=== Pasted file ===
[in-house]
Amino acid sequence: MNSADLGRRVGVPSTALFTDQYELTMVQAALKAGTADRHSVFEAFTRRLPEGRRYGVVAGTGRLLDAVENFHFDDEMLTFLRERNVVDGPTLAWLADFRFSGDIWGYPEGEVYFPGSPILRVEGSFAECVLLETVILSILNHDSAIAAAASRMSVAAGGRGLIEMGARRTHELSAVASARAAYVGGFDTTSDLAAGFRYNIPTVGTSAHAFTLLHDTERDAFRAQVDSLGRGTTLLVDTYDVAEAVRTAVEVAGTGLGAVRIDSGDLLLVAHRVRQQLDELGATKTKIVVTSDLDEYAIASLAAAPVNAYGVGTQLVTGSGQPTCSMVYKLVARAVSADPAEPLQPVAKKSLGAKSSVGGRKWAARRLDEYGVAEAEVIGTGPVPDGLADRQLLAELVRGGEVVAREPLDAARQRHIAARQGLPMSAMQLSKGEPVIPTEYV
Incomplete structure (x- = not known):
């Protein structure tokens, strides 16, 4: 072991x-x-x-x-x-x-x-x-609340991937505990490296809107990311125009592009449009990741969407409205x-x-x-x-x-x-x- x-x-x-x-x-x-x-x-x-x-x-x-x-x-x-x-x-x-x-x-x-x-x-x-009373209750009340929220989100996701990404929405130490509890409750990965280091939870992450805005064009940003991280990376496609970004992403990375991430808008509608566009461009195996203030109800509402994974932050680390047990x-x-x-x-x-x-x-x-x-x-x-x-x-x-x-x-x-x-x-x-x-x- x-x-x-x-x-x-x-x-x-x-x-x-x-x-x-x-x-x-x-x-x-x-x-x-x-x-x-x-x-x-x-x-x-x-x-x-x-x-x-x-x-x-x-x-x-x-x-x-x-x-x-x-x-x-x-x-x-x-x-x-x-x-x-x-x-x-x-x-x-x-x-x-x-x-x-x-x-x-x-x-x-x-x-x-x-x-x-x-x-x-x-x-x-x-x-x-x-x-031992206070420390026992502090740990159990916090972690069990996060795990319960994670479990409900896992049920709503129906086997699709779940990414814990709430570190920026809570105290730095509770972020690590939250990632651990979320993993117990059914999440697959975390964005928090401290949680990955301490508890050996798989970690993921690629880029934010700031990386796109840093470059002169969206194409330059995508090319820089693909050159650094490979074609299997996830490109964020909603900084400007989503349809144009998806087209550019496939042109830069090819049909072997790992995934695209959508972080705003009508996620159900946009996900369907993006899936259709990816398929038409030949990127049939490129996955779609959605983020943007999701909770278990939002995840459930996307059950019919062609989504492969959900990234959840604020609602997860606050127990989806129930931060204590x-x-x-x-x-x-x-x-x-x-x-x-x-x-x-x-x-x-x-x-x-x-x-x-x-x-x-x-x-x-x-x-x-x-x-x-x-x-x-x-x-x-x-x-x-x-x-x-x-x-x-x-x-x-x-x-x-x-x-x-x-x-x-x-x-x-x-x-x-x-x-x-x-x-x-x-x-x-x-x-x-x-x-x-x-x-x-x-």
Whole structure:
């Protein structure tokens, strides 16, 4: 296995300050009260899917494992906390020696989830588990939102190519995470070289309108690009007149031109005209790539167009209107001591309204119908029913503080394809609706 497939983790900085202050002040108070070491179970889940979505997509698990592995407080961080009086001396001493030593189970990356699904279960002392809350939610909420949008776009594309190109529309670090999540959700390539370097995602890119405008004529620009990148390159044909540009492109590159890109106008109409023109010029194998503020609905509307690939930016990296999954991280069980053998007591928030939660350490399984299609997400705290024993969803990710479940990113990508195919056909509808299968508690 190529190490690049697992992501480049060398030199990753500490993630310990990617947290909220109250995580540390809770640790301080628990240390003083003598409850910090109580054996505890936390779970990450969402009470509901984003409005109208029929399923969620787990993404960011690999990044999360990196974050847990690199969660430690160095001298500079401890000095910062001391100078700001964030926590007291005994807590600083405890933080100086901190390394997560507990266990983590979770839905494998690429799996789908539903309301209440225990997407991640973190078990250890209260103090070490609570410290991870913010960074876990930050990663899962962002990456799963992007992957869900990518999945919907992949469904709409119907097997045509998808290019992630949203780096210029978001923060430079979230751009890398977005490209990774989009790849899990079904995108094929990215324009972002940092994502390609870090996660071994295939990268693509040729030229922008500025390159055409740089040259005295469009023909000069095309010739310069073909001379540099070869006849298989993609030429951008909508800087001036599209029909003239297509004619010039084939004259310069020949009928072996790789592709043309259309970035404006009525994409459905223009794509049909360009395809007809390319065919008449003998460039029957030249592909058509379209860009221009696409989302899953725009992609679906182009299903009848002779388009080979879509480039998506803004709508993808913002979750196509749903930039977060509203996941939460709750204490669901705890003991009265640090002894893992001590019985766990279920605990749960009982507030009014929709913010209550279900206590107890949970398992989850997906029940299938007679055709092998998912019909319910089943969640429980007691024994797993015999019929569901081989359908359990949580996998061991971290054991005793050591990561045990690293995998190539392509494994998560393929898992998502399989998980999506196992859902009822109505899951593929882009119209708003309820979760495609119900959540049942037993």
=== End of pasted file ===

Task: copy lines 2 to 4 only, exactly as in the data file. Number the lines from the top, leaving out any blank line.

Amino acid sequence: MNSADLGRRVGVPSTALFTDQYELTMVQAALKAGTADRHSVFEAFTRRLPEGRRYGVVAGTGRLLDAVENFHFDDEMLTFLRERNVVDGPTLAWLADFRFSGDIWGYPEGEVYFPGSPILRVEGSFAECVLLETVILSILNHDSAIAAAASRMSVAAGGRGLIEMGARRTHELSAVASARAAYVGGFDTTSDLAAGFRYNIPTVGTSAHAFTLLHDTERDAFRAQVDSLGRGTTLLVDTYDVAEAVRTAVEVAGTGLGAVRIDSGDLLLVAHRVRQQLDELGATKTKIVVTSDLDEYAIASLAAAPVNAYGVGTQLVTGSGQPTCSMVYKLVARAVSADPAEPLQPVAKKSLGAKSSVGGRKWAARRLDEYGVAEAEVIGTGPVPDGLADRQLLAELVRGGEVVAREPLDAARQRHIAARQGLPMSAMQLSKGEPVIPTEYV
Incomplete structure (x- = not known):
């Protein structure tokens, strides 16, 4: 072991x-x-x-x-x-x-x-x-609340991937505990490296809107990311125009592009449009990741969407409205x-x-x-x-x-x-x- x-x-x-x-x-x-x-x-x-x-x-x-x-x-x-x-x-x-x-x-x-x-x-x-009373209750009340929220989100996701990404929405130490509890409750990965280091939870992450805005064009940003991280990376496609970004992403990375991430808008509608566009461009195996203030109800509402994974932050680390047990x-x-x-x-x-x-x-x-x-x-x-x-x-x-x-x-x-x-x-x-x-x- x-x-x-x-x-x-x-x-x-x-x-x-x-x-x-x-x-x-x-x-x-x-x-x-x-x-x-x-x-x-x-x-x-x-x-x-x-x-x-x-x-x-x-x-x-x-x-x-x-x-x-x-x-x-x-x-x-x-x-x-x-x-x-x-x-x-x-x-x-x-x-x-x-x-x-x-x-x-x-x-x-x-x-x-x-x-x-x-x-x-x-x-x-x-x-x-x-x-031992206070420390026992502090740990159990916090972690069990996060795990319960994670479990409900896992049920709503129906086997699709779940990414814990709430570190920026809570105290730095509770972020690590939250990632651990979320993993117990059914999440697959975390964005928090401290949680990955301490508890050996798989970690993921690629880029934010700031990386796109840093470059002169969206194409330059995508090319820089693909050159650094490979074609299997996830490109964020909603900084400007989503349809144009998806087209550019496939042109830069090819049909072997790992995934695209959508972080705003009508996620159900946009996900369907993006899936259709990816398929038409030949990127049939490129996955779609959605983020943007999701909770278990939002995840459930996307059950019919062609989504492969959900990234959840604020609602997860606050127990989806129930931060204590x-x-x-x-x-x-x-x-x-x-x-x-x-x-x-x-x-x-x-x-x-x-x-x-x-x-x-x-x-x-x-x-x-x-x-x-x-x-x-x-x-x-x-x-x-x-x-x-x-x-x-x-x-x-x-x-x-x-x-x-x-x-x-x-x-x-x-x-x-x-x-x-x-x-x-x-x-x-x-x-x-x-x-x-x-x-x-x-």